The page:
Aside from Ms. Marvel being front and center, the biggest surprise of Marvel’s Avengers, even for those of us who played the beta (maybe especially for those of us actually), is how good and diverse generally speaking, the combat is. On its most basic level, yes the characters can feel a little samey because they all have the same basic move-set. But how you build each hero changes how they work tremendously, especially when you unlock two extra sets of skill trees that admittedly if you don’t grind a lot of experience, you might not get much out of, but the depth is totally there to make each character feel incredibly unique. With one exception, thus far (we’ll see if it keeps up as future heroes release), every Avenger is pretty much a blast to play, the combat overall just feels good and it’s fun to pull off huge combos and mix basic attacks, special abilities, and powers.

The one exception to this is the big green guy, aka The Hulk. I’ve alluded to this in my beta impressions, and since the final game is a pretty big improvement over what I played in the beta, I was hoping this was not the case but Hulk remains the worst character to play by a large margin. I get it, it’s hard to balance a guy who is basically invincible, but not only does Hulk come off as unnecessarily weak (which at least in my experience has not been a problem with Thor who is similarly powerful), he is clumsy in both attacks and maneuverability and takes as much damage as anyone else so he’s not useful as a tank either. The Hulk is just bad and there are missions or parts of missions you have to play as him and it just drags the experience down some.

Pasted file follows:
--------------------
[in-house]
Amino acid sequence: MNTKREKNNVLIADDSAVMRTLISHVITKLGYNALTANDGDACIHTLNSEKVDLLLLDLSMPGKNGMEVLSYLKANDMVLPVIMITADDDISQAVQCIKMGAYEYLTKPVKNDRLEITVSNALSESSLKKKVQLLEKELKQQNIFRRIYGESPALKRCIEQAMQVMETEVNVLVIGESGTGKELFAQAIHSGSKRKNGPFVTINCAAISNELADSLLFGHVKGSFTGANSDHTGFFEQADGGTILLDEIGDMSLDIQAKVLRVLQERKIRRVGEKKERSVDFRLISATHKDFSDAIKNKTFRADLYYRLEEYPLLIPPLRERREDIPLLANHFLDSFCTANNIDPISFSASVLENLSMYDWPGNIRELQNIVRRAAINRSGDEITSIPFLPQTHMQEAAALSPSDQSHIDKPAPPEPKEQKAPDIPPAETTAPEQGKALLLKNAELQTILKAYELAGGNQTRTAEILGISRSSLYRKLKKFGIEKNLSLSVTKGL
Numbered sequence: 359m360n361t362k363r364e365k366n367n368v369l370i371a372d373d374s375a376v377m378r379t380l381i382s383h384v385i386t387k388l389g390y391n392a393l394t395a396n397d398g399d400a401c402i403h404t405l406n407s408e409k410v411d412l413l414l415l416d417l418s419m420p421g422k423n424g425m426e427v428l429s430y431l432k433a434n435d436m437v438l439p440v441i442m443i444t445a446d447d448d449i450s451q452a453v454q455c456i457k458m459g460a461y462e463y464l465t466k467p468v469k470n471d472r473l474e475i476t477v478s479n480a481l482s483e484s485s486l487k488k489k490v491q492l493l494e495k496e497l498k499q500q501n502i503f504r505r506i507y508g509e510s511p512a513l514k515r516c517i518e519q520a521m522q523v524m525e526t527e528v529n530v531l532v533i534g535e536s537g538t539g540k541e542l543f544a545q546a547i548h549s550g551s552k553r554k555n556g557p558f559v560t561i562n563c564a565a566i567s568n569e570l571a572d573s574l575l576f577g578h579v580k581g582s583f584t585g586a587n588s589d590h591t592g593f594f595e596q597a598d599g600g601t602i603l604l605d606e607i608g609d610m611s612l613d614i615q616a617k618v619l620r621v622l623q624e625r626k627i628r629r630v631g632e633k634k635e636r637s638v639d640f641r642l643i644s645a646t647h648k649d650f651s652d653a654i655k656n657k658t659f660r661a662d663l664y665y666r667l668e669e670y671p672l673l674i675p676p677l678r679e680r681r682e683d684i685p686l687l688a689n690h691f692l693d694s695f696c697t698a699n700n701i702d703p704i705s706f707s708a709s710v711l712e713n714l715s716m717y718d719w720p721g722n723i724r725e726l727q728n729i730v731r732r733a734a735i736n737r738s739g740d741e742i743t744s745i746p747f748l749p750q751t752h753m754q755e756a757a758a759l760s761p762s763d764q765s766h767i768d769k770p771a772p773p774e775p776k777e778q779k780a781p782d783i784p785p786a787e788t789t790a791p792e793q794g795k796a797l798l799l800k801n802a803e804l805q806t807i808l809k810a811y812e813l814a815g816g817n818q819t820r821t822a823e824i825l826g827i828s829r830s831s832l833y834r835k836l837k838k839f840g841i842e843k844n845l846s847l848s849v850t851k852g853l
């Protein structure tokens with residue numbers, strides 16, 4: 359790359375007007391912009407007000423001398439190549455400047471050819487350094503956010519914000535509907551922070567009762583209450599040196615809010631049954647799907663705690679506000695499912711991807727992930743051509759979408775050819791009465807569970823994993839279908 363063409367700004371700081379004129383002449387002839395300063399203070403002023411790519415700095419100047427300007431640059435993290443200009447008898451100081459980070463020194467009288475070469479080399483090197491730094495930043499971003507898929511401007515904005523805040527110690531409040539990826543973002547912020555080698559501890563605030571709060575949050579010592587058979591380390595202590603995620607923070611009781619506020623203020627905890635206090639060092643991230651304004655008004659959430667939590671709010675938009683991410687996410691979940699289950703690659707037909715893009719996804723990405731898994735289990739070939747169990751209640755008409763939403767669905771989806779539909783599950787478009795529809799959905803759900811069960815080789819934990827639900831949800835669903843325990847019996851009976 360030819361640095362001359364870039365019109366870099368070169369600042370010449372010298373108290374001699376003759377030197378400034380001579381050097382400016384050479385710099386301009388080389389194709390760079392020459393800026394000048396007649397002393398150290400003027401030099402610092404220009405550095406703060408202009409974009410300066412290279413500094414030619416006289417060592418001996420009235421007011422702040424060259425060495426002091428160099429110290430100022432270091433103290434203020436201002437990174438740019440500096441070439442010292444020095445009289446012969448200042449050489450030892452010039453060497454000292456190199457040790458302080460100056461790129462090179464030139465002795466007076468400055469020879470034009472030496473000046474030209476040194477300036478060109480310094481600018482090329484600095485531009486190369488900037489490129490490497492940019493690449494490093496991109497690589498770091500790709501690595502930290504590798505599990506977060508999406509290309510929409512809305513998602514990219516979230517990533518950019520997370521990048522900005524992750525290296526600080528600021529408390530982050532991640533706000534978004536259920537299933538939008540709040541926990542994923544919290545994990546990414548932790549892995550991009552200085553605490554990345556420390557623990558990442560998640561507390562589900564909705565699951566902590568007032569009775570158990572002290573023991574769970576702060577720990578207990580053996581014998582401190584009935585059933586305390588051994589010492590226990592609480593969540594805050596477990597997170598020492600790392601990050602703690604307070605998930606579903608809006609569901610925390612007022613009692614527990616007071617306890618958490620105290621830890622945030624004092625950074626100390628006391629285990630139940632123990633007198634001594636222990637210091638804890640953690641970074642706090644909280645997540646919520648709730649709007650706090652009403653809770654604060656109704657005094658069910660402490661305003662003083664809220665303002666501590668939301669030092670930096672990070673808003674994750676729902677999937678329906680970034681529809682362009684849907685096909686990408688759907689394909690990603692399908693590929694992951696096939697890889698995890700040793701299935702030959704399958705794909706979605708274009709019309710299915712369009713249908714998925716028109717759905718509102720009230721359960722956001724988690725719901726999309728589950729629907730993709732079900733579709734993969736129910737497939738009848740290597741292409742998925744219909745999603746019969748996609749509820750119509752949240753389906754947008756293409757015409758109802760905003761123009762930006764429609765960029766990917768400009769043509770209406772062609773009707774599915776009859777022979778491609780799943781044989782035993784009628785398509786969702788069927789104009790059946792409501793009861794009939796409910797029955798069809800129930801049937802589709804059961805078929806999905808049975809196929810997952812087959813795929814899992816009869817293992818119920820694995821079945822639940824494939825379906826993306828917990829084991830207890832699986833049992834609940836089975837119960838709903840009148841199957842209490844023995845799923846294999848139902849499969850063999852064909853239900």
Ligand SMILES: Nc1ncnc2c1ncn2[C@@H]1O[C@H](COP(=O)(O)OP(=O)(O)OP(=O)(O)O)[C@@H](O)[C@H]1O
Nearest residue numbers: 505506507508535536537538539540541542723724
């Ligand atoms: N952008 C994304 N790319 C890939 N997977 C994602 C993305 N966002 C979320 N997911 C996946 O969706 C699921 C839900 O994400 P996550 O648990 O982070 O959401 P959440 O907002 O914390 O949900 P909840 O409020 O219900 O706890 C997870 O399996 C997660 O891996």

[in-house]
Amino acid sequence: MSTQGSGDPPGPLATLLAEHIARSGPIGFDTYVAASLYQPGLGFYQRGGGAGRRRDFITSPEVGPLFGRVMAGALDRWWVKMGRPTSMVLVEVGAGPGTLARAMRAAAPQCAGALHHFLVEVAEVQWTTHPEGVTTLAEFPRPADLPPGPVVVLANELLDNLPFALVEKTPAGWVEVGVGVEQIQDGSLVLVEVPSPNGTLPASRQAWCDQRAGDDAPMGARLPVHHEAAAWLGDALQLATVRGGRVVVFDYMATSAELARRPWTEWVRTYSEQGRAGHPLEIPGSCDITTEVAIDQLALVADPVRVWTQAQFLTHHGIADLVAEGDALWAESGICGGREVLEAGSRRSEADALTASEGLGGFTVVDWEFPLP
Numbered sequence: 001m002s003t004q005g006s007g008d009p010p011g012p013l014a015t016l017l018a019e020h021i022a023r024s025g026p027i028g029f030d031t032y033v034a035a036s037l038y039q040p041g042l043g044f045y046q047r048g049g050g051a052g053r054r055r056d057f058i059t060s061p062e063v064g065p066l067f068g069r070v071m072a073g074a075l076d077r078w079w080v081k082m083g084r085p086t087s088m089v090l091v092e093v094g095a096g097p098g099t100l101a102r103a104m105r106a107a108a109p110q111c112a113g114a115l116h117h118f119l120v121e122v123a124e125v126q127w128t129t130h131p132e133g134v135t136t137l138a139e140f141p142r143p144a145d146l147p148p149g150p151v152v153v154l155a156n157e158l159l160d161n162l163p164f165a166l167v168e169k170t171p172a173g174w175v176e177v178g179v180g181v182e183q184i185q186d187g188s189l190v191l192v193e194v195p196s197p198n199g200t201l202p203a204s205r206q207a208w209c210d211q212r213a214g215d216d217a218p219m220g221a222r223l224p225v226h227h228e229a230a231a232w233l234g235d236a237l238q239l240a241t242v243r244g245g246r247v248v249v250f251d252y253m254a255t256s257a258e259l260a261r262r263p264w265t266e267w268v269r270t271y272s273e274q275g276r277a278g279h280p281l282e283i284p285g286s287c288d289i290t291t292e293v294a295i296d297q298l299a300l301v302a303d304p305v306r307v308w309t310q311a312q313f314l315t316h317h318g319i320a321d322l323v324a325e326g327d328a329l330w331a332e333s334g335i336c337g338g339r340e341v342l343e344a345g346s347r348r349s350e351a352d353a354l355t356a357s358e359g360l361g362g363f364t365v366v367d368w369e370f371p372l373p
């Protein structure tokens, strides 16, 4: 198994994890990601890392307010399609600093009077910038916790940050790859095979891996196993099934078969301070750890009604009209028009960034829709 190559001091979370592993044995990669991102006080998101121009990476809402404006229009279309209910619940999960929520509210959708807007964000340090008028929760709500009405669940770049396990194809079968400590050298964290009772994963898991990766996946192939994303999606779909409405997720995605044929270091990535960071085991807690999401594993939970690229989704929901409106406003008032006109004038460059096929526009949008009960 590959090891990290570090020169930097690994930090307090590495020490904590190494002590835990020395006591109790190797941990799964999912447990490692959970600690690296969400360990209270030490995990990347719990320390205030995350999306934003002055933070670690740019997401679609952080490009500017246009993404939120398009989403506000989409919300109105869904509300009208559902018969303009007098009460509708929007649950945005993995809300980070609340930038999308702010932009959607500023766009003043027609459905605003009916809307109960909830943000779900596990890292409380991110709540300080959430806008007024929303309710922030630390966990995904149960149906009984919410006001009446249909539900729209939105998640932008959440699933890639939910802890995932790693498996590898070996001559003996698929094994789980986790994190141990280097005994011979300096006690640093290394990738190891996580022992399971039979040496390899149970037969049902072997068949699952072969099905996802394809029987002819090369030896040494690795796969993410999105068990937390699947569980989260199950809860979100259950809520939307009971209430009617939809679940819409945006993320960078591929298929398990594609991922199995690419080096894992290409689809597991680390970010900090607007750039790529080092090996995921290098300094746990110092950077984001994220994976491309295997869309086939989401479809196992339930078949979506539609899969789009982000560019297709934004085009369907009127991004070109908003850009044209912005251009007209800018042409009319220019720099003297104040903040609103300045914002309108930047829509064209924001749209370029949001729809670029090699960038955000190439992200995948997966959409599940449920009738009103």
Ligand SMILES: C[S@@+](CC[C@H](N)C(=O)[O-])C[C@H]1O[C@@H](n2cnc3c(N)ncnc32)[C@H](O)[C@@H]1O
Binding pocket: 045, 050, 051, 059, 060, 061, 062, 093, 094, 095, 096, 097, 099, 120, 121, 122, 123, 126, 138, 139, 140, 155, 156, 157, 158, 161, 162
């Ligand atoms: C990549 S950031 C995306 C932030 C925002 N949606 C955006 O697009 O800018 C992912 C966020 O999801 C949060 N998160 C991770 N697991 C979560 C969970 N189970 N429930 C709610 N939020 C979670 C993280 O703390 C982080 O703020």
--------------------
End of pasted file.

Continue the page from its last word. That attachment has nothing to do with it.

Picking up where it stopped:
The other thing that isn’t a big deal but is annoying is just how everything outside of combat works. The UI is pretty obtuse or just involves a lot of necessary steps. A lot of stuff is poorly explained or explained too late.

Ultimately, you can play the single-layer experience and have a pretty solid 10–15-hour experience, more so if you really dive into the side missions and leveling up your characters and getting gear before even finishing the story campaign (how necessary that is depends on the difficulty setting you choose to go with). Maybe that sounds like too little for a full-priced game, but you can always wait for a sale and other characters with their own story arcs are being released for free over time so odds are you’ll get your money’s worth.